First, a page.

Music, when soft voices die ...

Fri, 01, 19

We all love a good yarn, especially when it’s spun with music, right? This is exactly what we got at the two.....


We all love a good yarn, especially when it’s spun with music, right? This is exactly what we got at the two-day festival to celebrate the richness and diversity of our folklore celebrated recently in Karachi. Organised by Interactive Resource Centre, a non-governmental organisation, with the support of the US Embassy in Pakistan, the event brought together artists and writers from all over Pakistan. Folk singers enthralled the audiences for two days with songs in regional languages, which most of the people did not even understand. But then one doesn’t have to understand words to appreciate the song and the music. The case in point was Bushra Sadiq’s rendition of Heer; the song was in Punjabi, but it was enjoyed by a pre-dominantly non-Punjabi audience.

Kudos to Dr Fouzia Saeed, former Executive Director of Lok Virsa, the National Institute of Folk and Traditional Heritage, for organising the event. According to Dr Fouzia Saeed, it’s very important for people of Pakistan to appreciate their rich cultural heritage, and events that bring artists, story-tellers and delegates from all ethnic communities revitalise and strengthen the folk traditions.

An interesting session ‘Storytelling through Displays’ was moderated by Dr Saeed. Dr Paul Taylor and Robert Ponssieion, two researchers from the National History Museum, Washington DC participated via Skype.

Brigadier Adnan Saleem spoke about the army museum which has a vast collection of original relics, books, journals and documents, photographs and audiovisual materials.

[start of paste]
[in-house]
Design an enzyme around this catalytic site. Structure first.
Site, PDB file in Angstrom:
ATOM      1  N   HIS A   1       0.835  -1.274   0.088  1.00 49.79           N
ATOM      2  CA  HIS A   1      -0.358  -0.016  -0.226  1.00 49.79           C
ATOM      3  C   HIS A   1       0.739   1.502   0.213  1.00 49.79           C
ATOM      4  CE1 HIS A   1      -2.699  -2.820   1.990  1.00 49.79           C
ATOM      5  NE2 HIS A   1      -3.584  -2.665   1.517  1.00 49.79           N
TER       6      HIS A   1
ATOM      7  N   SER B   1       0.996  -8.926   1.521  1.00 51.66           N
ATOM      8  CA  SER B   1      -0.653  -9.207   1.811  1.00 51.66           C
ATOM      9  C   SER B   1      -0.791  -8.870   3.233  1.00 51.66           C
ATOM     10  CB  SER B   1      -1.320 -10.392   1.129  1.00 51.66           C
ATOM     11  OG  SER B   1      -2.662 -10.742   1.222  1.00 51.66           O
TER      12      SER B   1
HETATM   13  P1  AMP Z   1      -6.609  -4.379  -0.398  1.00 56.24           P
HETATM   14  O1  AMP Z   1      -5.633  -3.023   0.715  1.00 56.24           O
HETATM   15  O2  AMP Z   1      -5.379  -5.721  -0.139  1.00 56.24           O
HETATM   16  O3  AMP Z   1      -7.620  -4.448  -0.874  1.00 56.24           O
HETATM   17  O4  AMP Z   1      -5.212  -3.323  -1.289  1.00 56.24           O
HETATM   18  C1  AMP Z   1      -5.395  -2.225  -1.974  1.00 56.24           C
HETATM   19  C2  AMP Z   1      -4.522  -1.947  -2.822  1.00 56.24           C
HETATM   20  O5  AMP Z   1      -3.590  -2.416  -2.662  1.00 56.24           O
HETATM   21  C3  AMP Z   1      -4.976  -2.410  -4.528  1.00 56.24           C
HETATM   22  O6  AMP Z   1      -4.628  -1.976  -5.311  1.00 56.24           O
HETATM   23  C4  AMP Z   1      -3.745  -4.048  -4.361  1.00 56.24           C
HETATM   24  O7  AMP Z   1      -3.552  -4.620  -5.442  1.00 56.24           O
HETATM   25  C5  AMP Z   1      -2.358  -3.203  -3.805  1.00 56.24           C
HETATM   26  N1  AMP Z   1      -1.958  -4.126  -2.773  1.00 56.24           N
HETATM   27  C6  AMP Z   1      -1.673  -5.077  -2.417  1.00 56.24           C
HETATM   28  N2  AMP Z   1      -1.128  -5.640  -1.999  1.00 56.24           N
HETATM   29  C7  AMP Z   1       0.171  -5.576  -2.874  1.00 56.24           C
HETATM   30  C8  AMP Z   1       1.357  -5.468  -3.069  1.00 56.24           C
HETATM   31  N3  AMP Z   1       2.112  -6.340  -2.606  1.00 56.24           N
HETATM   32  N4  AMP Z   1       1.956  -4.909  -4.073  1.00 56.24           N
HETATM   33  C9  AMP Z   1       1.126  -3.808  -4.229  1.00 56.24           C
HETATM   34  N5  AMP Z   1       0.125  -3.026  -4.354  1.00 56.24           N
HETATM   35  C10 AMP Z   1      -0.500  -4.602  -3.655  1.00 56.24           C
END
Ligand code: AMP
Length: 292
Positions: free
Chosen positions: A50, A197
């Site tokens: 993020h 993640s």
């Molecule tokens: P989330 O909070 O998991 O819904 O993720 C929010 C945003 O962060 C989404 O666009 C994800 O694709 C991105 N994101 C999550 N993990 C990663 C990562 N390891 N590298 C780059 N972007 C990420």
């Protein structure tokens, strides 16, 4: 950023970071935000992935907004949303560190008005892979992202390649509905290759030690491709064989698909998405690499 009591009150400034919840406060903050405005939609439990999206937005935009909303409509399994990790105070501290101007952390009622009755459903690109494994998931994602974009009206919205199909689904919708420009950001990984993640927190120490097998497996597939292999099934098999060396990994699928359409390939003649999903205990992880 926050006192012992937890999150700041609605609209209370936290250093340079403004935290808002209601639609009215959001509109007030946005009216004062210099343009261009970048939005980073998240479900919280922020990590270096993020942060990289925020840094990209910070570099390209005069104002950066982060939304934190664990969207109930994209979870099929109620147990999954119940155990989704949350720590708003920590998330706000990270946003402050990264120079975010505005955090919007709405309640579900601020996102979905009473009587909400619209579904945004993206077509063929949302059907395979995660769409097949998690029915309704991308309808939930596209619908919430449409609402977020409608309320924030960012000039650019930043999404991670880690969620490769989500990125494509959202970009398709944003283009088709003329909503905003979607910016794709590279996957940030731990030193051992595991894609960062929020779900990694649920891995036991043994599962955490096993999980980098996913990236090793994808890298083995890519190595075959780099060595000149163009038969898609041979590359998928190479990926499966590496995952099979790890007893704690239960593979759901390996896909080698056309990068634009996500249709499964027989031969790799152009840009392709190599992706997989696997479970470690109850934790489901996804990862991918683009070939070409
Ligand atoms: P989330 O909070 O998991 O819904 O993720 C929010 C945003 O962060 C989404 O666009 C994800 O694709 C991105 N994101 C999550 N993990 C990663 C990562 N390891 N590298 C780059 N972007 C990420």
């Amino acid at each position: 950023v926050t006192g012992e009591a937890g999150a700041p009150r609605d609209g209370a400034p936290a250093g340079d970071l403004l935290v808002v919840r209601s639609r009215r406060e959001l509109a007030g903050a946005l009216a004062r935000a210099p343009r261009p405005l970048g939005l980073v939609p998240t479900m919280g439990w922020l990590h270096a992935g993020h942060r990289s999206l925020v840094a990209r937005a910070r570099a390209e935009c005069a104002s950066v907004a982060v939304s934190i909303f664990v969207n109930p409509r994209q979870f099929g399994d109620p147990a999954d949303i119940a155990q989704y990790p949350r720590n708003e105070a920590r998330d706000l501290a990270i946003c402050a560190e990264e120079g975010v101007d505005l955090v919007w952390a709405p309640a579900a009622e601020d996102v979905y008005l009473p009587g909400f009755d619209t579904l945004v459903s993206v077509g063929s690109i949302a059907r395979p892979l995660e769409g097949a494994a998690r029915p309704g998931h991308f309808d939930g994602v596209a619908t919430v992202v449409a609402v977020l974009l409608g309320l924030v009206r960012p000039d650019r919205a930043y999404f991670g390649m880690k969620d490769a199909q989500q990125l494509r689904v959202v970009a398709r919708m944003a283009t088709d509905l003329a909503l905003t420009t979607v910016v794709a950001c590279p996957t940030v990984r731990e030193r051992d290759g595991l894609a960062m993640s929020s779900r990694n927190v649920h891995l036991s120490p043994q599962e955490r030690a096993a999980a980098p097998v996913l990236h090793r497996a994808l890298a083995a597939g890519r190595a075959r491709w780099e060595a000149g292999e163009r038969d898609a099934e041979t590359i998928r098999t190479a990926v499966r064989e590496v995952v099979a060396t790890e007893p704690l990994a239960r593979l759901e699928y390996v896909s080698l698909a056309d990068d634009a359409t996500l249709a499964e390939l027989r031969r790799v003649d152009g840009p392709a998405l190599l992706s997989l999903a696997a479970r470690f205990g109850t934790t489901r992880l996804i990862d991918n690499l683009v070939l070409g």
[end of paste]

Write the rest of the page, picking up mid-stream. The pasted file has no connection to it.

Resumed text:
It was refreshing to see young people interested in a session ‘Storytelling through Mother Languages’ in which the chief attractions were writers Noorul Huda Shah and Niaz Nadeem. The performance of Bhural Lal and Punnal Fariq the sessiond ‘Storytelling through Music’ spellbound the audience completely. It was indeed a rare treat for the Karachiites. Samina Peerzada and Khawaja Najamul Hasan shared their insight with the audience in yet another interesting session ‘Storytelling through Films’.

Cultural Affair officer US embassy Mr. Stephen Valen when asked if language was a barrier in appreciating folk songs in other languages, remarked: “My associate here has been translating for me. She’s actually recorded it and she’s going to explain it to me in a little bit more detail so I fully understand and truly appreciate all the beauty of what’s going on.”

Sharmeen Obaid Chinoy spoke about her journey, candidly sharing her memories about her father and career as a journalist. Keynote speaker and senator, the very down-to-earth Krishna Kumari spoke about her struggle, which was really inspiring. This amazing festival concluded with brilliant performances by - among others - Bushra Sadiq and Khumariyaan.